1) 185 museums, nine archaeological sites and four World Heritage sites? The cultural scene is enormous, rich and varied. There’s something for every kind of cultural traveler.

2) Fairs, festivals, conventions, meetings and extravaganzas cover music, food, movies, books, and trade in every kind of human activity, down to the annual clown convention.

3) Blockbuster events? Last year saw a Formula 1 race, an NFL game or two, the Tour de France, and a free Roger Waters concert in the city center.

4) Chosen for the sixth world C40 Mayors Summit in November of 2016, Mexico City is widely perceived as a world leader in combatting climate change.

5) The Metrobús system, originally based on one running in Bogota, Colombia, is now the biggest in Latin America. Stretching some 125 kms today, in 2017 no less than 90 Alexander Dennis Enviro500 double-decker buses will begin plying the length of Paseo de la Reforma, as Metrobus Line 7 officially opens.



6. The tourist program Sonrisas por tu ciudad, literally “Smiles for your city,” organized by the Secretary for Tourism, has benefited more than 200,000 people.

7. Mexico City’s Central de Abasto (pictured below), after more than 30 years sells 30,000 tons of merchandise (mostly food) and sells to about 30,000 people every day. It’s the largest shopping area in the world.

8.  Mexico City was the first Latin American city to join the Rainbow Cities Network, which coordinates city-level actions to protect LGBTI citizens and residents. 

9. Mexico City was chosen as the World Capital of Design for 2018, by the World Design Organization. 

10. The Centro Histórico is the largest historical city center in Latin America, with 1,500 buildings designated as having historical, cultural, artistic or architectural value. That’s more than most tour guides can handle, but it’s also home the continent’s biggest Metropolitan Cathedral.

cdmx11. Mexico City’s first ever Day of the Dead parade was celebrated by more than 250,000 marchers, band members, onlookers and, yes, zombies.

12. The city’s El Médico en tu Casa program puts a “Doctor in Your Home.” It’s already recognized in America, Asia, and Europe, for bringing health services closer to people who can’t easily visit hospitals or clinics.

13. Mexico City also began the first Specialized Center for the Management of Diabetes anywhere in Latin America.

14. The Ecobici system  (pictured below) is the biggest public bike system in Latin America, with 452 cycle stations and about 35 million trips made by 200,ooo riders every year.

15. And finally, the good old underground Metro network is the biggest in Latin America, too. With 12 lines 226 km in total length, about 5 million people ride it every day.



Source: CDMX government, with information from International CDMX and the 4th Governmental Report CDMX, 2016.

Mexico City’s 6 Best Wine Shops for increasingly fabulous Mexican Wine
As Mexican wines increasingly aspire toward truly inspiring vintages, some of the best wine shops in the city are in fact taking notice. These are six of the best.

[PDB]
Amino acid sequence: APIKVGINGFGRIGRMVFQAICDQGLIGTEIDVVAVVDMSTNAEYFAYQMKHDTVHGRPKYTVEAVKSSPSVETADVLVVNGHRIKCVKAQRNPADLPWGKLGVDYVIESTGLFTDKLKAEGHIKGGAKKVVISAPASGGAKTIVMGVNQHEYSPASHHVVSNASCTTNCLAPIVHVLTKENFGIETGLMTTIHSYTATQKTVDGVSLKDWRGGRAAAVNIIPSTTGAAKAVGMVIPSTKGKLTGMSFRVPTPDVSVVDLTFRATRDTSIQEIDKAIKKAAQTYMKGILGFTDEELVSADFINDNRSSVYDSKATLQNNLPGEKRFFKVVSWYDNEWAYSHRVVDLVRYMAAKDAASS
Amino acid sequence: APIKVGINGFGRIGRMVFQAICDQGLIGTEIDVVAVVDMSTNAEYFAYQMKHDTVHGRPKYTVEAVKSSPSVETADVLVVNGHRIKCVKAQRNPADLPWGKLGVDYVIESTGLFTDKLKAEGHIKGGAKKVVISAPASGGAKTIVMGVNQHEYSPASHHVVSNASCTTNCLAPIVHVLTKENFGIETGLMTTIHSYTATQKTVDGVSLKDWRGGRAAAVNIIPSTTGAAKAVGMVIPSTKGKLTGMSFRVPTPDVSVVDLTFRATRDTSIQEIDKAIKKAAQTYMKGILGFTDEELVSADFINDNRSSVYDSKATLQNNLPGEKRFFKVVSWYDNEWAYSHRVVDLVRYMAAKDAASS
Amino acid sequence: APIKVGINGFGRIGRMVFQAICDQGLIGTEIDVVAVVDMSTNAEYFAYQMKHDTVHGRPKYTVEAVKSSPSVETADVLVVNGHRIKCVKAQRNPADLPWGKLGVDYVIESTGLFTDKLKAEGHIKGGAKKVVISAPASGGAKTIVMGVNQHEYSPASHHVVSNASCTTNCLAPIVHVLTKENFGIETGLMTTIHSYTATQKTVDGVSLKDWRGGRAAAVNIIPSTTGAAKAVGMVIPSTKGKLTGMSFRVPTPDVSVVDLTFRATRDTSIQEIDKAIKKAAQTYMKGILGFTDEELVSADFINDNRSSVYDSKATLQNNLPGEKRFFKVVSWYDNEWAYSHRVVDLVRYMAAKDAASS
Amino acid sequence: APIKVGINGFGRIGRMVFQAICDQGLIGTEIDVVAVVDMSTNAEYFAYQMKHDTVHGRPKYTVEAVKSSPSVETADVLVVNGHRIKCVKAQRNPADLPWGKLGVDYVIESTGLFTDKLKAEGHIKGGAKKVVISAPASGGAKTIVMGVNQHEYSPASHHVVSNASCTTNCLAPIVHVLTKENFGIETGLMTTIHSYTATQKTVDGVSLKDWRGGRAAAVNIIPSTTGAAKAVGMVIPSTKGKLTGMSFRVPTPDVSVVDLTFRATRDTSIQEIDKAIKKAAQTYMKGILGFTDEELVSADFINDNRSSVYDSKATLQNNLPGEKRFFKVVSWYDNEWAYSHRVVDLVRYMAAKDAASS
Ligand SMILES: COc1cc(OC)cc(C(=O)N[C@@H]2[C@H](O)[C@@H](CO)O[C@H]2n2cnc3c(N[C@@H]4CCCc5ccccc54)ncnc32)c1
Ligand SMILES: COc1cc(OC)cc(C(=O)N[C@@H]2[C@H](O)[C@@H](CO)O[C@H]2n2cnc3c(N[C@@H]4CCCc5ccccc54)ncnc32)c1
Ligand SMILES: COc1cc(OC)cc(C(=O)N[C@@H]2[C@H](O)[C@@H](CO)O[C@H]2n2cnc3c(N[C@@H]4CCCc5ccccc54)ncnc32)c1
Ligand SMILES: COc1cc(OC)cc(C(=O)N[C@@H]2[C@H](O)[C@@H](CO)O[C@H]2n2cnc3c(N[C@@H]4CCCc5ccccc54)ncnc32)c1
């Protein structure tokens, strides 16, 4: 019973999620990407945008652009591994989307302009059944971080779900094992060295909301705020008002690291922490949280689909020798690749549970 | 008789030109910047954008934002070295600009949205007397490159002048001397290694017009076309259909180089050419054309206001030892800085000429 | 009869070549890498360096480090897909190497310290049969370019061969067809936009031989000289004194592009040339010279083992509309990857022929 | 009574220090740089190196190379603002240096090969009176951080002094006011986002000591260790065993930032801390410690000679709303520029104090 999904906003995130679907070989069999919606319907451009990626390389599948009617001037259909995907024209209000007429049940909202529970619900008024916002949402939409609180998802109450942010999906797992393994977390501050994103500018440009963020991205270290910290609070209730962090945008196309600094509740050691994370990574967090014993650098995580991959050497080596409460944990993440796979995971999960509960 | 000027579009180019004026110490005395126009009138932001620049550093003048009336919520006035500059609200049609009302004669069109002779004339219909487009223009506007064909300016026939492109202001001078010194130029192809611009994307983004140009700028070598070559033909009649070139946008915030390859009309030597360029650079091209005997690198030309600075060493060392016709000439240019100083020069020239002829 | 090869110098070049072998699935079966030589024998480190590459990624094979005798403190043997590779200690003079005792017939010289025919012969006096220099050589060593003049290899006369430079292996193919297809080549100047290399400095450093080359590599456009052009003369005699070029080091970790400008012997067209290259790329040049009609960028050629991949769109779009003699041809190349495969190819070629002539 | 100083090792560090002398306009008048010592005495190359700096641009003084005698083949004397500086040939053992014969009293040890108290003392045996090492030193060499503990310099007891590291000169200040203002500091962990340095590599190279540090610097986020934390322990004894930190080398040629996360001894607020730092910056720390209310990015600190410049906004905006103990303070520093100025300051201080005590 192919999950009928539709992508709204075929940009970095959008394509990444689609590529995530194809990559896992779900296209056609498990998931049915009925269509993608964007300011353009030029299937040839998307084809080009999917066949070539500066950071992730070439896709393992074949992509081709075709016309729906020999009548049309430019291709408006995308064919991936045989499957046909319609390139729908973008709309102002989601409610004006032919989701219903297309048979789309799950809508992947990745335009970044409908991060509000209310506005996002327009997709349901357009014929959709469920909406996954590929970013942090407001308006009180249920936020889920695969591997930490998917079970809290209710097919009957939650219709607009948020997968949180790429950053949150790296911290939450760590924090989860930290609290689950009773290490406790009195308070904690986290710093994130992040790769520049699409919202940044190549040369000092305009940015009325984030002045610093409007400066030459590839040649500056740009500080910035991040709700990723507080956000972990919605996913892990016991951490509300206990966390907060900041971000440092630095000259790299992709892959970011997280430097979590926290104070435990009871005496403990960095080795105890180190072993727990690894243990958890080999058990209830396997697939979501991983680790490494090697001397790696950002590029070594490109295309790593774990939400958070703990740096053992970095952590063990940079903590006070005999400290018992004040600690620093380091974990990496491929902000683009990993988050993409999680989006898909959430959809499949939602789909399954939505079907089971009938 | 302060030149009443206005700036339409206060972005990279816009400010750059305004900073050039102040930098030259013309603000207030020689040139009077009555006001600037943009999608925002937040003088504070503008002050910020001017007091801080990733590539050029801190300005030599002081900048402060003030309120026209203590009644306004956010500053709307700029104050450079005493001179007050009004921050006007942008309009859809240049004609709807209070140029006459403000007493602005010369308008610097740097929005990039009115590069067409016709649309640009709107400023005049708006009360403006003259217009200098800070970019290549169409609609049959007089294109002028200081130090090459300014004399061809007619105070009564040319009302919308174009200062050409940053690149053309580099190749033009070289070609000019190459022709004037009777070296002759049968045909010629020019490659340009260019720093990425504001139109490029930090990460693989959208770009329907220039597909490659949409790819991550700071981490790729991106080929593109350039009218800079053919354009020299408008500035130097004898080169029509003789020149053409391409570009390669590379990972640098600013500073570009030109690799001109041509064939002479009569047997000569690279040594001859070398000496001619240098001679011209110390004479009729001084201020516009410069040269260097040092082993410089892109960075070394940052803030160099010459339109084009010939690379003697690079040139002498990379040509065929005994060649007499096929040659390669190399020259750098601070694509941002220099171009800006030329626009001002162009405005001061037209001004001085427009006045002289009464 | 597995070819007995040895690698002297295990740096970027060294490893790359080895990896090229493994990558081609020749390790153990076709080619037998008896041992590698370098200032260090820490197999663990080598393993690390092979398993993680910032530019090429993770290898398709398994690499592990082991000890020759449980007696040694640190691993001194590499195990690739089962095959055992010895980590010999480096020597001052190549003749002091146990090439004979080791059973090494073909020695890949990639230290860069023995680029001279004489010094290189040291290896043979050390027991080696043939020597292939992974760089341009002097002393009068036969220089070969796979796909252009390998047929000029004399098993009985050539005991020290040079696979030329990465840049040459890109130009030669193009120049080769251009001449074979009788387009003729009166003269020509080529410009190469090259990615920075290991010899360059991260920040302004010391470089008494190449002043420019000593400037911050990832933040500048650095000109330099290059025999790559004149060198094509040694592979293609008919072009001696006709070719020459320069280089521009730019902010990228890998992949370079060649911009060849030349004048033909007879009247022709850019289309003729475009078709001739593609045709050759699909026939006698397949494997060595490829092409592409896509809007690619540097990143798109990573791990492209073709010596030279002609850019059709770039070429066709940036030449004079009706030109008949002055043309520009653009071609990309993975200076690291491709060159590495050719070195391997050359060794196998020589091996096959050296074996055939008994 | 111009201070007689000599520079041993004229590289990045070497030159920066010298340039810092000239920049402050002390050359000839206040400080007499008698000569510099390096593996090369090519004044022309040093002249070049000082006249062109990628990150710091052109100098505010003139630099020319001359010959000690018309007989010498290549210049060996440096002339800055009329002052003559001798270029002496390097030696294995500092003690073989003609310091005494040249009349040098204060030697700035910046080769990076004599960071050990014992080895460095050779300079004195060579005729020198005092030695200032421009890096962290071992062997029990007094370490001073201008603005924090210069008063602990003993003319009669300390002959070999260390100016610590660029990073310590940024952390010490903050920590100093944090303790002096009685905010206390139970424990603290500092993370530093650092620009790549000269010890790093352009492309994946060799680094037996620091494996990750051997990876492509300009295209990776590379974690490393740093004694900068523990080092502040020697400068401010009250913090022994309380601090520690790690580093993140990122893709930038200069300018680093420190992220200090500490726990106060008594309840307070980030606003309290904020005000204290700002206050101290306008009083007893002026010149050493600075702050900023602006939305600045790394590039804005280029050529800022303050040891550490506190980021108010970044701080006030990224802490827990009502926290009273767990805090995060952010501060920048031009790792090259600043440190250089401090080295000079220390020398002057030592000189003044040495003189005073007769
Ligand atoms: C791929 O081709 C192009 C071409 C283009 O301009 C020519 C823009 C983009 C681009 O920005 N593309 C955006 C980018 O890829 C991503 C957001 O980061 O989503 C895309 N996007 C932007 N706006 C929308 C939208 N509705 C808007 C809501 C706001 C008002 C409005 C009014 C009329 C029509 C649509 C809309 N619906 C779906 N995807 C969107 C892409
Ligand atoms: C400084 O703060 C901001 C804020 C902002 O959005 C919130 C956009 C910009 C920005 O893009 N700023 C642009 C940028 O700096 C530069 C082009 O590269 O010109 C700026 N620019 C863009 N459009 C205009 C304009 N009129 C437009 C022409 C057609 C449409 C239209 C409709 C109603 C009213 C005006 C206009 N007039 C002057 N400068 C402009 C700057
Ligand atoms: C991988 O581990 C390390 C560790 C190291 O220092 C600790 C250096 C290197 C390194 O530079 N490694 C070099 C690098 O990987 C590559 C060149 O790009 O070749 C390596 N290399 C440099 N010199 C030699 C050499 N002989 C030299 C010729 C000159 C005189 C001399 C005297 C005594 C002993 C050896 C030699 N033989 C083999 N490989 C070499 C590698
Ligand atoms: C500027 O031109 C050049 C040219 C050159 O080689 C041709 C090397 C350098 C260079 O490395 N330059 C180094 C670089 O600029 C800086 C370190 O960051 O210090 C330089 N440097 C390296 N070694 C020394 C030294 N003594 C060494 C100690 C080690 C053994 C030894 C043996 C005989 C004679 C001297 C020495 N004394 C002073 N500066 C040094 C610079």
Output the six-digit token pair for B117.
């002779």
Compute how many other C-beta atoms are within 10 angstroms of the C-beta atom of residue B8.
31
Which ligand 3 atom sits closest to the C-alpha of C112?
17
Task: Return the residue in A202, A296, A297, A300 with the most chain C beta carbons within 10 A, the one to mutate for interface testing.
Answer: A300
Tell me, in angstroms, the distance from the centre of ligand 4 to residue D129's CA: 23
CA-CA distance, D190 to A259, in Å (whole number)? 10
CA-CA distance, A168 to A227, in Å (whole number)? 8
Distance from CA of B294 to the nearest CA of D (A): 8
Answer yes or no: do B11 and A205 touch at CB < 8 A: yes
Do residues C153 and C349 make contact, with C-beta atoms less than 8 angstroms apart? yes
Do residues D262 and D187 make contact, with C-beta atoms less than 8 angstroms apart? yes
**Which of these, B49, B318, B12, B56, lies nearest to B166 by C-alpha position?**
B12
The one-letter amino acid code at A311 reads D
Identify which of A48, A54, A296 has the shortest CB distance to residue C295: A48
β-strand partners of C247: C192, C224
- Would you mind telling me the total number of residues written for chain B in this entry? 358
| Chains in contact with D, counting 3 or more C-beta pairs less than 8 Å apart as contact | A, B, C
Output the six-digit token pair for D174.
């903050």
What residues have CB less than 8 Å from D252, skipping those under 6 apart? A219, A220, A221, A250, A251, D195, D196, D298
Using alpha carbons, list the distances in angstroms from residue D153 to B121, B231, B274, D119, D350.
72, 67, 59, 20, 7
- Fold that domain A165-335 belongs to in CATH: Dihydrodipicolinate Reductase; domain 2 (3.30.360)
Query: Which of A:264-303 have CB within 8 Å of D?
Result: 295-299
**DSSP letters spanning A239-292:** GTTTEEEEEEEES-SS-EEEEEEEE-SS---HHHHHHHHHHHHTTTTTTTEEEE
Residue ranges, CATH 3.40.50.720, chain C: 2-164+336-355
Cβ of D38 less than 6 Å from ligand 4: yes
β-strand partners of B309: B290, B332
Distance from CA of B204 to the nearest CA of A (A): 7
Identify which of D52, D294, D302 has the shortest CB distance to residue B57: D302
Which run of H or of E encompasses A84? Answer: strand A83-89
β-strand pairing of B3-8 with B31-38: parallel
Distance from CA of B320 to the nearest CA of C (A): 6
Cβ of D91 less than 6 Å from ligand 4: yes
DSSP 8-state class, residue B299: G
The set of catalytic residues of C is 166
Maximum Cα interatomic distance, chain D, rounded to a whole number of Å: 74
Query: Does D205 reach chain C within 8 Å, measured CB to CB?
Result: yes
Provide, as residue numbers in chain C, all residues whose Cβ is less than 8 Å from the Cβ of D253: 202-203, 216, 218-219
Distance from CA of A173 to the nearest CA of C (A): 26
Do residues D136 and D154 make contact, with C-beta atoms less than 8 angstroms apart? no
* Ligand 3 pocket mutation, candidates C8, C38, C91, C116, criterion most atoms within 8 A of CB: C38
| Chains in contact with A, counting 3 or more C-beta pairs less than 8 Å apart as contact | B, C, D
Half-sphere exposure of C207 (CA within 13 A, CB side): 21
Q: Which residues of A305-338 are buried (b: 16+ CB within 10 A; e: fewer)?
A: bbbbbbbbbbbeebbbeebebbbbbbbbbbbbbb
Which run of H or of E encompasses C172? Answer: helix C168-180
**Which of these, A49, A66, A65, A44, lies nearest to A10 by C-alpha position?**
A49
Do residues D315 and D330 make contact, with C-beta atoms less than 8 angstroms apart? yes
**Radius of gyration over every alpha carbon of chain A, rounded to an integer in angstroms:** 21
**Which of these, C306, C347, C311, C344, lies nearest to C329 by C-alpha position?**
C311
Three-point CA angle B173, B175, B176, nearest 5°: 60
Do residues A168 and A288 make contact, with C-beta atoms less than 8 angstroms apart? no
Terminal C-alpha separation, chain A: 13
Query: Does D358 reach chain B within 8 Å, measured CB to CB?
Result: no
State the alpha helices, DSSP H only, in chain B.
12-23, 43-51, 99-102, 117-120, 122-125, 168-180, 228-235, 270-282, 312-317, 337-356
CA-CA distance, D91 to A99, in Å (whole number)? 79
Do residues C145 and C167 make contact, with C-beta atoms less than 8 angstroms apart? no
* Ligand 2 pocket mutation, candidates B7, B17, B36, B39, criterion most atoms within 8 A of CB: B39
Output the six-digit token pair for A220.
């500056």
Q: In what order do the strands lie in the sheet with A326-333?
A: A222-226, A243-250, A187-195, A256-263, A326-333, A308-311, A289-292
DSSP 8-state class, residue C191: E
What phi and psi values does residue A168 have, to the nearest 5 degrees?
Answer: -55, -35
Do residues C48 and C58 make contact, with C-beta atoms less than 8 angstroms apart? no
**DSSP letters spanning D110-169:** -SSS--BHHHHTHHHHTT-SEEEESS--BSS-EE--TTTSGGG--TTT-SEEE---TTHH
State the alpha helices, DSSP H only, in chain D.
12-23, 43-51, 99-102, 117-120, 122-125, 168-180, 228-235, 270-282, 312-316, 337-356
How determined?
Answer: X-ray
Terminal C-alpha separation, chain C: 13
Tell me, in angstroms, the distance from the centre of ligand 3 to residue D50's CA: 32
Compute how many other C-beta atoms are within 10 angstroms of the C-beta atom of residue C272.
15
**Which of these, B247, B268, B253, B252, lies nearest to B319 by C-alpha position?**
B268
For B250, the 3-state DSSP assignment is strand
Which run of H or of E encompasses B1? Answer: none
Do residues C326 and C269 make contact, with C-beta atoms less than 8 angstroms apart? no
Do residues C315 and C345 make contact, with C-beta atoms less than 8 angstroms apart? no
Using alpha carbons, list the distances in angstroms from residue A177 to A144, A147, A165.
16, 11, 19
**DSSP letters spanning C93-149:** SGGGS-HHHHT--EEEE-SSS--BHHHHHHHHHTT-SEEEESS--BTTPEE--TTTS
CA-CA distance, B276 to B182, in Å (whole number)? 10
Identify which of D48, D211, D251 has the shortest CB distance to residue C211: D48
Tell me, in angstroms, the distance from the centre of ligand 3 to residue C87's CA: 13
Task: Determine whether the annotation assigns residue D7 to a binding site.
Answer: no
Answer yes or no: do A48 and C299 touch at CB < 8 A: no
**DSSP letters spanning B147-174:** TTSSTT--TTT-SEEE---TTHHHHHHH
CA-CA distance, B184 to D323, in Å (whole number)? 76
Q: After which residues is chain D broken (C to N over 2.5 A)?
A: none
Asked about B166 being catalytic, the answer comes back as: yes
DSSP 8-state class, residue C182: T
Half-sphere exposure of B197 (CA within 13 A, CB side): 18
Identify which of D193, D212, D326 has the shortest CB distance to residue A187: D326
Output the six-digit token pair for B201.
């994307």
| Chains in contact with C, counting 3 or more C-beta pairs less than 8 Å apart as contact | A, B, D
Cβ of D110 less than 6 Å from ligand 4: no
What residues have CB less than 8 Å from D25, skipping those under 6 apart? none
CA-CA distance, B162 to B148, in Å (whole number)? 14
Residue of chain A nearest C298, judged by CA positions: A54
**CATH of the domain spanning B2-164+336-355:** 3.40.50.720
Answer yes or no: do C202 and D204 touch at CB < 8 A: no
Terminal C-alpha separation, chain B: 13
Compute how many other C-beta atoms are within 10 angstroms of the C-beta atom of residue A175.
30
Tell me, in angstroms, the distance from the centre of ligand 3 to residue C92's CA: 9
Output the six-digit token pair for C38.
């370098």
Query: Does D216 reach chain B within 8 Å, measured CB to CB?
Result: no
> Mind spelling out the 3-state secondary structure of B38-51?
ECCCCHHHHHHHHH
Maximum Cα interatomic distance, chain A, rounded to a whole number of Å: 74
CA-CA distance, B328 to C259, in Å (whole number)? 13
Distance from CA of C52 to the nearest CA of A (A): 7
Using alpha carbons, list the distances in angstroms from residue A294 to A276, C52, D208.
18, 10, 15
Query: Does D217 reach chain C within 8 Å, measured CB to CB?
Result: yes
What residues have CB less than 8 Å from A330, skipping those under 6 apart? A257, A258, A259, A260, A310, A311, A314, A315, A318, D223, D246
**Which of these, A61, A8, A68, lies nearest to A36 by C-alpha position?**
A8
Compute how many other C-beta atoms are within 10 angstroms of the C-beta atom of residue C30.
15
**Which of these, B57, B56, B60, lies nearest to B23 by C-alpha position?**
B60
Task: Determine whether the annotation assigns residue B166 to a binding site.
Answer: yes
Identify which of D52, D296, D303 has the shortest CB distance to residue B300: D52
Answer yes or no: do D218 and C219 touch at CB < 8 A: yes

best wine shops

Some of Mexico City’s Best Wine Shops are still not backing Mexican Wines. These ones are…

Casa Madero may have been the first winery in the Americas, founded way back in 1597, and way up in Coahuila. But Mexico’s predominant “beer culture” has always given wine producers something of a long shadow to grow up in. Aguascalientes, Querétaro, Guanajuato, Zacatecas and Chihuahua all produce respectable wines, but it’s been the environs of Ensenada (the Guadalupe Valley, the Santo Tomas Valley, and the Ojos Negros Valley) that have really busted the Mexican wine scene out onto international lists of “respectability.” Some parts Coahuila (the Valley Of Parras, and Cuatro Ciénagas in particular) still hold their own – but most wine enthusiasts agree, Baja’s got the wine to beat. 

Mexico exports wine around the world. According to the Mexican Wine Council, about 400 brands of wine are currently being produced in the country, and these increasingly appear on the international lists as being wines to watch (and to taste). But those lists aren’t everything. Even the most sophisticated drinkers know today that plenty is coming each year from Mexican wineries that’s worth taking note of. 

Yes, you can still find plenty of good Mexican vintages mixed in with the international offerings on the shelves at Liverpool. But the wine shops below are pretty active at pushing good wines, from Mexico, onto more Mexican tables.  





Vinoteca has three locations in and around the city and carries a wide range of Mexican wines, and still more around the country. They do a fair internet trade in wines too, but stopping in lets you pick the brains of their knowledgeable staff. 



La Contra



La Contra, also with shops all over the country, is one of the city’s leading advocates for the Mexican wine industry. With a capital location in Roma, it’s an easy and relaxed place to pick up recommendations, or indeed, to sample some of the best bottles coming in. 

Address: Álvaro Obregón 130, local # 10, Colonia Roma Norte
Telephone: 5564 0966
Website | Facebook


Á de Acento


Á de Acento offers a very well-regarded restaurant, but the gourmet shop offers plenty that’s pure Mexican and well worth a bottle or two. In fact, prices are very reasonable, but there’s also usually something special hidden away in the shelves that inquiring customers will be very pleased to find.

Address: Cuernavaca # 85, Colonia Condesa
Telephone: 5260 4721
Website | Facebook





Another in the list of combo restaurant and gourmet shops, Amaya has made a big splash with their list of “vinos raros.” Far from weird, many of them are fabulous.  They’re also generally available in the shop, no reservation necessary and many of the best are, in fact, domestically produced!

Address: General Prim # 95, Col. Juárez
Telephone: 5592 5571
Website | Facebook


La Europea




Don’t expect friendly service. La Europea is still trying to figure out in which decade they’re doing business. But for all the wood-boxed bacalao these people sling during the holidays, they’ve always got a ton of good wine, too. With a good number of branches in and around the city, calling them one of the best wine shops in Mexico might be a stretch, but they do a lot of business, and for that, they always offer a ton of good Mexican wines too. 



Si Mon 


Si Mon is run by the chefs at Broka Bistrot, practically next door. And the emphasis is on local, good, and even inspiring wines. One of the best things about shopping at a wine bar is after all, that there is usually a bottle open. And for that, including Si Mon in a list of the best wine shops is practically a given. 

Address: Zacatecas # 126, Colonia Roma Norte
Telephone: 1866 9030



Main Photo Above: Aborigen Valle Seco, Petite Sirah, Mourvedre, Cabernet Sauvignon, Courtesy of La Contra